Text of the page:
Now, I may be a little behind when it comes to this ‘new’ goodie, as it was released as a limited edition product by Bourjois in celebration of the brands 150 years on the market. It was released in Australia about September, but I never saw or heard about it back then. I’ve heard from the grapevine that Bourjois is making this a permanent product soon, but who knows if we will get it here in Aus 🙁 (I really hope so! I hope you’re listening Bourjois! No more of that Frenchy nonsense now!). It’s not available in Aus at the moment, but I bought mine from a trusted buyer in the UK (on wonderful ebay of course – check out the link here if you’re interested).
Originally, the powder was not only for mattifying the skin, but I also suspect that it was very pale in order to have a ‘whitening’ effect on the skin. With that trend pretty much done and dusted (especially in Europe) the powder was reformulated to illuminate the skin instead. I wish I could see what the original powder looked and felt like – I know that might sound strange, but I’m just so curious! Since we can’t have a look at the old formulation of the powder, we can have a look at some of the original ads for the powder and some are just hilarious!
Above: The old tin packaging.
LOL to the above advert! 😉😂🤣
The powder these days comes in a green round plastic pot. The packaging is light, durable and probably won’t rust like the old tins. Bonus! But the old tins do look like they have more character. They have definitely tried to keep the packaging as similar as can be to the classic tins, especially when it comes to the sticker on the lid. Funnily enough, I noticed that the powder was made in Italy as opposed to most Bourjois products which are manufactured in France. This doesn’t bother me in the slightest, but I thought I’d give you that fact. Maybe the secret ingredients of the powder are only found in Italy these days… Inside, the powder is kept neat and safe thanks to a good plastic sifter thingo… You can close the plastic sifter lid inside the pot completely so when you open the lid, you won’t find that the powder has gone everywhere. You can also easily dispense little amounts of powder at a time (or lots!) so it is very handy and practical.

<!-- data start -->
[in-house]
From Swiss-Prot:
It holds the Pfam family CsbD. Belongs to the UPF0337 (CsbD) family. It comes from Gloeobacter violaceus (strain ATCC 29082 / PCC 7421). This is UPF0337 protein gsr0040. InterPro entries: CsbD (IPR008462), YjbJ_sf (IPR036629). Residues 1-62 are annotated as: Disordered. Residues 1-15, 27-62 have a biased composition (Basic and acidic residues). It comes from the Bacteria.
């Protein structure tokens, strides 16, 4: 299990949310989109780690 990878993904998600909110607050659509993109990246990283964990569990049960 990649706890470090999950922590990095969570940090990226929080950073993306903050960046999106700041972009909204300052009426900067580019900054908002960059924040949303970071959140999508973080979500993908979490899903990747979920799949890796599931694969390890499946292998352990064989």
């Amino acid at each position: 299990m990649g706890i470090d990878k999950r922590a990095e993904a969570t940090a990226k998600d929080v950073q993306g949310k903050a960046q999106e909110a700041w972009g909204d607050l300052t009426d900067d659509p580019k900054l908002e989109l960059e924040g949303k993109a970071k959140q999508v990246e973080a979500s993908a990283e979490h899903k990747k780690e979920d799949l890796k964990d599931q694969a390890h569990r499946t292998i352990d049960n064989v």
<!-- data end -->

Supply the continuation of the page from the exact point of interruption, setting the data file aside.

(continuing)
I would describe the actual powder as a finishing powder, as it’s very light pink but it essentially goes on pretty transparently. It does have visible fine flecks of shimmer in the powder, so it’s not as fine as say the Hourglass Ambient powders which are illuminating without having any visible shimmer particles, however they are very fine, so it wouldn’t work as a highlighter. In some lights the shimmer maybe slightly visible on the skin. It’s finely milled and velvety to the touch. It has a slight rosey-violet scent like other Bourjois products (I find that the rose scent of the blushes is much stronger than in the powder) but it definitely has more of a baby powder smell to it. It smells ‘classic’ if that makes sense, as I guess the smell of baby powder is something we are all familiar with. It’s quite distinct without being over powering. I’ve tried to take some photos of the powder for you so that you can see the slight pink tone of the powder and shimmer. I think they turned out quite well this time! I’ve pilled the powder onto the back of my hand and then gently spread it with my fingers. In no way is this ‘blended’, so the effect on your face would be more subtle without a doubt.
This would be a great and lovely powder to use in winter, when the sun isn’t blaring and isn’t picking up all the shimmer particles. It’s also great for brightening up the skin around your eyes and setting under eye concealer. It’s a very universal shade but lighter skin tones would particularly benefit from the illuminating effects of this powder. The packaging is just so reminiscent of the classic famous Java powder, so it’s just lovely to have it in your collection even for that purpose alone! It has to be one of the best ‘drugstore’ illuminating powders on the market (if not the best) and the feel of the powder (texture) is just to die for. You receive 3.5 grams in a pot which isn’t to bad at all. Here’s to hoping that they bring it into their permanent line, including in Aus! On ebay along with international airmail delivery, I paid around $30 Aus monies. It would probably cost around that price if I had bought it in a store here in Aus, so it’s very reasonable.
Have you had the privilege of trying this powder? If not, are you now tempted? 🙂
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Catch ya next time,
Check out these other posts in the ‘Beauty Classics’ series!